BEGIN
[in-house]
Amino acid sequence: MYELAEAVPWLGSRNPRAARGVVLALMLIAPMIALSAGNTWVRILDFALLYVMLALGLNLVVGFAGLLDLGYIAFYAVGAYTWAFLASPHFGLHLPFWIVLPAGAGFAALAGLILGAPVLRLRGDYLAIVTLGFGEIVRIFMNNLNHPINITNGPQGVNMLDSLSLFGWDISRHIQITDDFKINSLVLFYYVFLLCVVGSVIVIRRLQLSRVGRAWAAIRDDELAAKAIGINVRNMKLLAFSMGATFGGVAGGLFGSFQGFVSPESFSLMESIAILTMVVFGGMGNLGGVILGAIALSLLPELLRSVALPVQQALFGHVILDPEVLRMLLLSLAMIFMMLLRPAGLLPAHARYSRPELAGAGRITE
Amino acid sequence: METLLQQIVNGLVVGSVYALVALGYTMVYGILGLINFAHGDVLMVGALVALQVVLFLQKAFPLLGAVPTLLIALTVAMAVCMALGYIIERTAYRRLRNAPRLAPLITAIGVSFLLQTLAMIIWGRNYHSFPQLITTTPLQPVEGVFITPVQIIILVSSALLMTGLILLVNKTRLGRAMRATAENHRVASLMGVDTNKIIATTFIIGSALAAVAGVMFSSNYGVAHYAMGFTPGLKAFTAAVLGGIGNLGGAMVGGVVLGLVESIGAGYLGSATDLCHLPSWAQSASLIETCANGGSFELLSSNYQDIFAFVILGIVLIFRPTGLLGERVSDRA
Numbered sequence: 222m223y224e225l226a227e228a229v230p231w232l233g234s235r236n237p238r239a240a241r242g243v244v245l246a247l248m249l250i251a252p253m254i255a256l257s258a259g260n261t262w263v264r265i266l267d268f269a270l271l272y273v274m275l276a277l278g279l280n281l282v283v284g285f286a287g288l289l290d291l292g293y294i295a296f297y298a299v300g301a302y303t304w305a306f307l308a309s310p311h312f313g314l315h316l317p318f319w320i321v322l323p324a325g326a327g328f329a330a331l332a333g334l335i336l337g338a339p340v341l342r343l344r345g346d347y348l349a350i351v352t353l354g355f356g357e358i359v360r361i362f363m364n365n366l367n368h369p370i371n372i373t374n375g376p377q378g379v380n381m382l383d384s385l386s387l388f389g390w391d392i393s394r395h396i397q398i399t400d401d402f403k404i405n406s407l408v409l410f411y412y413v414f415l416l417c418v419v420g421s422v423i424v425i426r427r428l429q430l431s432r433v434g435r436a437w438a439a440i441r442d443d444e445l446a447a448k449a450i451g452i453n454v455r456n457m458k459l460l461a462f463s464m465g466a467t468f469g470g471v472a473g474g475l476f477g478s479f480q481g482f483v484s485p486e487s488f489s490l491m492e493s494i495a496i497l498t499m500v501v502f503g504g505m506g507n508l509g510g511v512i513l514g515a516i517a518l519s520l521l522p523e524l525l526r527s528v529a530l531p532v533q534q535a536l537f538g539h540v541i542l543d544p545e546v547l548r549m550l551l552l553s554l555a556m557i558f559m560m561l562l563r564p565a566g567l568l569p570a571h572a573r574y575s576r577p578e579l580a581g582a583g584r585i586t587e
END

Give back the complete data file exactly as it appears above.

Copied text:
[in-house]
Amino acid sequence: MYELAEAVPWLGSRNPRAARGVVLALMLIAPMIALSAGNTWVRILDFALLYVMLALGLNLVVGFAGLLDLGYIAFYAVGAYTWAFLASPHFGLHLPFWIVLPAGAGFAALAGLILGAPVLRLRGDYLAIVTLGFGEIVRIFMNNLNHPINITNGPQGVNMLDSLSLFGWDISRHIQITDDFKINSLVLFYYVFLLCVVGSVIVIRRLQLSRVGRAWAAIRDDELAAKAIGINVRNMKLLAFSMGATFGGVAGGLFGSFQGFVSPESFSLMESIAILTMVVFGGMGNLGGVILGAIALSLLPELLRSVALPVQQALFGHVILDPEVLRMLLLSLAMIFMMLLRPAGLLPAHARYSRPELAGAGRITE
Amino acid sequence: METLLQQIVNGLVVGSVYALVALGYTMVYGILGLINFAHGDVLMVGALVALQVVLFLQKAFPLLGAVPTLLIALTVAMAVCMALGYIIERTAYRRLRNAPRLAPLITAIGVSFLLQTLAMIIWGRNYHSFPQLITTTPLQPVEGVFITPVQIIILVSSALLMTGLILLVNKTRLGRAMRATAENHRVASLMGVDTNKIIATTFIIGSALAAVAGVMFSSNYGVAHYAMGFTPGLKAFTAAVLGGIGNLGGAMVGGVVLGLVESIGAGYLGSATDLCHLPSWAQSASLIETCANGGSFELLSSNYQDIFAFVILGIVLIFRPTGLLGERVSDRA
Numbered sequence: 222m223y224e225l226a227e228a229v230p231w232l233g234s235r236n237p238r239a240a241r242g243v244v245l246a247l248m249l250i251a252p253m254i255a256l257s258a259g260n261t262w263v264r265i266l267d268f269a270l271l272y273v274m275l276a277l278g279l280n281l282v283v284g285f286a287g288l289l290d291l292g293y294i295a296f297y298a299v300g301a302y303t304w305a306f307l308a309s310p311h312f313g314l315h316l317p318f319w320i321v322l323p324a325g326a327g328f329a330a331l332a333g334l335i336l337g338a339p340v341l342r343l344r345g346d347y348l349a350i351v352t353l354g355f356g357e358i359v360r361i362f363m364n365n366l367n368h369p370i371n372i373t374n375g376p377q378g379v380n381m382l383d384s385l386s387l388f389g390w391d392i393s394r395h396i397q398i399t400d401d402f403k404i405n406s407l408v409l410f411y412y413v414f415l416l417c418v419v420g421s422v423i424v425i426r427r428l429q430l431s432r433v434g435r436a437w438a439a440i441r442d443d444e445l446a447a448k449a450i451g452i453n454v455r456n457m458k459l460l461a462f463s464m465g466a467t468f469g470g471v472a473g474g475l476f477g478s479f480q481g482f483v484s485p486e487s488f489s490l491m492e493s494i495a496i497l498t499m500v501v502f503g504g505m506g507n508l509g510g511v512i513l514g515a516i517a518l519s520l521l522p523e524l525l526r527s528v529a530l531p532v533q534q535a536l537f538g539h540v541i542l543d544p545e546v547l548r549m550l551l552l553s554l555a556m557i558f559m560m561l562l563r564p565a566g567l568l569p570a571h572a573r574y575s576r577p578e579l580a581g582a583g584r585i586t587e